There’s nothing like the backing of scientists to give credence to something we may already believe in. So, it is with great glee that I can report that Oxford scientists have been studying groups of people taking part in creative activities, including singing, and found that the mental and physical health of all participants had improved by the end of their courses. The group members also reported feeling more satisfaction with their lives as a result of taking part.

For seven months scientists from the University of Oxford followed 135 adults enrolled on art, creative writing and singing courses. At the end of the courses the participants reported noticing a boost in their happiness – in particular when it came to confidence and life satisfaction – and felt more active, even if their course did not include physical activity or promote exercise.

Lead researcher, Dr Eiluned Pearce, said that participants felt that the classes ‘broadened their network of friends and gave them an increased sense of belonging,’ and added, ‘We found that the more someone felt part of their group, the more their health and wellbeing improved.’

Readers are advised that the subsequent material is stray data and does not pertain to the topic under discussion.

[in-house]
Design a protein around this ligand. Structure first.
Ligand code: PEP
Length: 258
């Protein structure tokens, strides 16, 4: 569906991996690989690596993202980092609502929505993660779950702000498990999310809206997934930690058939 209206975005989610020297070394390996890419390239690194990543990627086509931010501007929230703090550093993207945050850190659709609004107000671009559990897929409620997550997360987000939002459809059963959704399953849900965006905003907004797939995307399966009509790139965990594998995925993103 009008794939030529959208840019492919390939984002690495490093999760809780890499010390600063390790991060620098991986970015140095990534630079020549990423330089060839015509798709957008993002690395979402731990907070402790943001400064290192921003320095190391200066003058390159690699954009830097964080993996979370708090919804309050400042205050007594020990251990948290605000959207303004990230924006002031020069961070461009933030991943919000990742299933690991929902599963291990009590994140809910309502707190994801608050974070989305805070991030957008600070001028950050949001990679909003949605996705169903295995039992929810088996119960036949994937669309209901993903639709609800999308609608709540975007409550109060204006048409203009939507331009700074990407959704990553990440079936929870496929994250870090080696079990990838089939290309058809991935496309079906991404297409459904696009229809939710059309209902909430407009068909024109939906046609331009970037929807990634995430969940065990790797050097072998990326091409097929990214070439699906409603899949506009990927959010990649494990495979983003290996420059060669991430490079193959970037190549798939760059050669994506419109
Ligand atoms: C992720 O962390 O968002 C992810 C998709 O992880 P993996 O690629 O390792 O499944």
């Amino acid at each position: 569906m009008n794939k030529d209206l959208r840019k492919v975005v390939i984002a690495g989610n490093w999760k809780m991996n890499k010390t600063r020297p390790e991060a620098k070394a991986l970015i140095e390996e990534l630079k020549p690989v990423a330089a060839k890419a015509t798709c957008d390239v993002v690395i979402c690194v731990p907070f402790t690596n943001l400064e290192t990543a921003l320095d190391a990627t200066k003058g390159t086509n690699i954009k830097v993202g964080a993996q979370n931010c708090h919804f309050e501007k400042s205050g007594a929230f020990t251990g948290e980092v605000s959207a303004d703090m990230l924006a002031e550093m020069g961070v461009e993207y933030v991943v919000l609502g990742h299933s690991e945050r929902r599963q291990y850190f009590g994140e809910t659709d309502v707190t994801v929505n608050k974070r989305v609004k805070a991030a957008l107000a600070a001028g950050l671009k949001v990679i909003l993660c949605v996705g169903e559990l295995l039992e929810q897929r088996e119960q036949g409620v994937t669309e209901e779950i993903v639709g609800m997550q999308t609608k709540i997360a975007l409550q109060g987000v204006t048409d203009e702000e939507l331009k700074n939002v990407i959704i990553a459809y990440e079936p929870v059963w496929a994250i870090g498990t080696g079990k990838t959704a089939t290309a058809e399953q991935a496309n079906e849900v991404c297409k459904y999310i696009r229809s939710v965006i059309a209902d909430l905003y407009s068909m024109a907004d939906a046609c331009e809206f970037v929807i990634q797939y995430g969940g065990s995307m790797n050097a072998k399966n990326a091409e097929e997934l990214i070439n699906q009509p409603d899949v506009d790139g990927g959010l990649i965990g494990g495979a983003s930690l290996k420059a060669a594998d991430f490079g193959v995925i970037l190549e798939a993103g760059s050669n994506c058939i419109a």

From a social aspect, it would seem that singing in particular is a great way to make friends, since those that took part in singing activities developed relationships with their classmates more quickly than those in the other groups.

An extension of this form of study is due to be run by the Centre for Performance Science, a joint venture between the Royal College of Music and Imperial College London. The research project, which has been awarded a grant of £1 million from the Arts and Humanities Research Council, will specifically investigate the link between artistic pursuits, such as joining a choir, and the health and wellbeing of society. Co-investigator of the study, Professor Robert Perneczky, said: ‘We are interested in what hidden benefits the arts and culture may have in terms of improving health. If there are tangible benefits, there may be a case to be made for integrating them more fully within social and health services.’ The interesting thing about this study is that it aims to look deeper into the reasons these activities have such a positive effect on us. Principal investigator, Professor Aaron Williamon, has said: ‘We are keen to discover not only the effects of culture on health and happiness, but why those effects happen. For example, joining a choir after work may improve your health, but is that the result of socialising, creating something or a combination of the two?’